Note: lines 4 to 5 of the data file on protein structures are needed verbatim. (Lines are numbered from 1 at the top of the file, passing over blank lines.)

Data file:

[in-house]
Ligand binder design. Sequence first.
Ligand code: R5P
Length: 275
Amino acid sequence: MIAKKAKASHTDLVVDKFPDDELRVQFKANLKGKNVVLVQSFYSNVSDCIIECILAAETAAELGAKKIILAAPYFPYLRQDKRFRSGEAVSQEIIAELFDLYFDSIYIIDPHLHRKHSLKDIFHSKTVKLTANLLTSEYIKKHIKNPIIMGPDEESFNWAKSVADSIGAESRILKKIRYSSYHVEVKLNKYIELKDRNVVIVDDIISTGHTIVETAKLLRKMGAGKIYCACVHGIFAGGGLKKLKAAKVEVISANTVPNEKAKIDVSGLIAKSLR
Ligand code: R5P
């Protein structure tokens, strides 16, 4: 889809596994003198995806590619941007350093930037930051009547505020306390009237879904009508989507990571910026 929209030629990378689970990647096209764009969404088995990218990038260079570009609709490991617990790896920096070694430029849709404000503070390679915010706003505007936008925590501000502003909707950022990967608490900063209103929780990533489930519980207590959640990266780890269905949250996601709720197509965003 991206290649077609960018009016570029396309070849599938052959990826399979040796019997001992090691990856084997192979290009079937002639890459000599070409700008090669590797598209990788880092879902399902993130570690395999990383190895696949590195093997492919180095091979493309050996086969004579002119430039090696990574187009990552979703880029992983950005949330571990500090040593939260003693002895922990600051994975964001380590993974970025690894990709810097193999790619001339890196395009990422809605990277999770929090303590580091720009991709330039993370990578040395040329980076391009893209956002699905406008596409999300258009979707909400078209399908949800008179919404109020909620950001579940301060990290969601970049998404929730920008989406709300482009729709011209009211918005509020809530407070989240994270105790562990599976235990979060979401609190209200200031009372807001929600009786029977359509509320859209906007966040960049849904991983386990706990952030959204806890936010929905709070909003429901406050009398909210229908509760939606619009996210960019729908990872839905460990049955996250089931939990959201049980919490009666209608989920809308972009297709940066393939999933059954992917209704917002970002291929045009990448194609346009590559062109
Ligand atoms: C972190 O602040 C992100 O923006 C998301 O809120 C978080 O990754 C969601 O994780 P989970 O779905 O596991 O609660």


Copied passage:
Length: 275
Amino acid sequence: MIAKKAKASHTDLVVDKFPDDELRVQFKANLKGKNVVLVQSFYSNVSDCIIECILAAETAAELGAKKIILAAPYFPYLRQDKRFRSGEAVSQEIIAELFDLYFDSIYIIDPHLHRKHSLKDIFHSKTVKLTANLLTSEYIKKHIKNPIIMGPDEESFNWAKSVADSIGAESRILKKIRYSSYHVEVKLNKYIELKDRNVVIVDDIISTGHTIVETAKLLRKMGAGKIYCACVHGIFAGGGLKKLKAAKVEVISANTVPNEKAKIDVSGLIAKSLR